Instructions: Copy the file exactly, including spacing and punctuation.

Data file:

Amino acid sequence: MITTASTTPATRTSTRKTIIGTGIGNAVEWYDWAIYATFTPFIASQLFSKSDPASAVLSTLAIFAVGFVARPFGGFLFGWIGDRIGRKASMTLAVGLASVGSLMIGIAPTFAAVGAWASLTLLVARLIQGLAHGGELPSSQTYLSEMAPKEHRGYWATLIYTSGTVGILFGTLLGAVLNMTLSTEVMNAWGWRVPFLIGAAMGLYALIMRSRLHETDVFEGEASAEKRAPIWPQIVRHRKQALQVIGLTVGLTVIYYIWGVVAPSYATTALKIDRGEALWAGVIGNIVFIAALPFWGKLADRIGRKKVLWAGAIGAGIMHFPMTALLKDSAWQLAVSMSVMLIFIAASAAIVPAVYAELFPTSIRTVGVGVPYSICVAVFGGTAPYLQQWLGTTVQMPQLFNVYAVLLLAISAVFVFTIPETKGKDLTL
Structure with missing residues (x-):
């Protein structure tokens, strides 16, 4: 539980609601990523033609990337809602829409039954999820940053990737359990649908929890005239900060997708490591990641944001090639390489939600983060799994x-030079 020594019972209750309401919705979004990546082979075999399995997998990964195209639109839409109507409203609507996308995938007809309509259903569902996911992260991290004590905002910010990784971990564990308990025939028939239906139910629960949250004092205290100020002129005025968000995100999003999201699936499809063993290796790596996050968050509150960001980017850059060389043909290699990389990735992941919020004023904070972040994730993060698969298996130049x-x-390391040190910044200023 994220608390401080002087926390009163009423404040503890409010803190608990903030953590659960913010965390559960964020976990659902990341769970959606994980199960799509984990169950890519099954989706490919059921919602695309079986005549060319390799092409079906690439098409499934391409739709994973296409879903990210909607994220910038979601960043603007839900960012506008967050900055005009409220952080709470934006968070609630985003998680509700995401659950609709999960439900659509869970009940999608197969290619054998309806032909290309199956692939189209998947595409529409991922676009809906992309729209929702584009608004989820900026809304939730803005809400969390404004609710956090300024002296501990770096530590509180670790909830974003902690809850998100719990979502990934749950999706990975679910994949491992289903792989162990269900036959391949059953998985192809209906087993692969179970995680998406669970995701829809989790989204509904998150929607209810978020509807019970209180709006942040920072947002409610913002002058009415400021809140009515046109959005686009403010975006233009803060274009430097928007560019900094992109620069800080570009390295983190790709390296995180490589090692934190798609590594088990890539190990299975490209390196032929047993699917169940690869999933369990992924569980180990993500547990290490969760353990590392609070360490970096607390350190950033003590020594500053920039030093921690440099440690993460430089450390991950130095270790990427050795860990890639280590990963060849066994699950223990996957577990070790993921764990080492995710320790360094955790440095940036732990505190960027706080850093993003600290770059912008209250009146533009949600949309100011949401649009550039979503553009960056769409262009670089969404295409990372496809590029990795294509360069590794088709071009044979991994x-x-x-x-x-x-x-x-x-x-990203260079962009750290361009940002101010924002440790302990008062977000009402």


Amino acid sequence: MITTASTTPATRTSTRKTIIGTGIGNAVEWYDWAIYATFTPFIASQLFSKSDPASAVLSTLAIFAVGFVARPFGGFLFGWIGDRIGRKASMTLAVGLASVGSLMIGIAPTFAAVGAWASLTLLVARLIQGLAHGGELPSSQTYLSEMAPKEHRGYWATLIYTSGTVGILFGTLLGAVLNMTLSTEVMNAWGWRVPFLIGAAMGLYALIMRSRLHETDVFEGEASAEKRAPIWPQIVRHRKQALQVIGLTVGLTVIYYIWGVVAPSYATTALKIDRGEALWAGVIGNIVFIAALPFWGKLADRIGRKKVLWAGAIGAGIMHFPMTALLKDSAWQLAVSMSVMLIFIAASAAIVPAVYAELFPTSIRTVGVGVPYSICVAVFGGTAPYLQQWLGTTVQMPQLFNVYAVLLLAISAVFVFTIPETKGKDLTL
Structure with missing residues (x-):
């Protein structure tokens, strides 16, 4: 539980609601990523033609990337809602829409039954999820940053990737359990649908929890005239900060997708490591990641944001090639390489939600983060799994x-030079 020594019972209750309401919705979004990546082979075999399995997998990964195209639109839409109507409203609507996308995938007809309509259903569902996911992260991290004590905002910010990784971990564990308990025939028939239906139910629960949250004092205290100020002129005025968000995100999003999201699936499809063993290796790596996050968050509150960001980017850059060389043909290699990389990735992941919020004023904070972040994730993060698969298996130049x-x-390391040190910044200023 994220608390401080002087926390009163009423404040503890409010803190608990903030953590659960913010965390559960964020976990659902990341769970959606994980199960799509984990169950890519099954989706490919059921919602695309079986005549060319390799092409079906690439098409499934391409739709994973296409879903990210909607994220910038979601960043603007839900960012506008967050900055005009409220952080709470934006968070609630985003998680509700995401659950609709999960439900659509869970009940999608197969290619054998309806032909290309199956692939189209998947595409529409991922676009809906992309729209929702584009608004989820900026809304939730803005809400969390404004609710956090300024002296501990770096530590509180670790909830974003902690809850998100719990979502990934749950999706990975679910994949491992289903792989162990269900036959391949059953998985192809209906087993692969179970995680998406669970995701829809989790989204509904998150929607209810978020509807019970209180709006942040920072947002409610913002002058009415400021809140009515046109959005686009403010975006233009803060274009430097928007560019900094992109620069800080570009390295983190790709390296995180490589090692934190798609590594088990890539190990299975490209390196032929047993699917169940690869999933369990992924569980180990993500547990290490969760353990590392609070360490970096607390350190950033003590020594500053920039030093921690440099440690993460430089450390991950130095270790990427050795860990890639280590990963060849066994699950223990996957577990070790993921764990080492995710320790360094955790440095940036732990505190960027706080850093993003600290770059912008209250009146533009949600949309100011949401649009550039979503553009960056769409262009670089969404295409990372496809590029990795294509360069590794088709071009044979991994x-x-x-x-x-x-x-x-x-x-990203260079962009750290361009940002101010924002440790302990008062977000009402």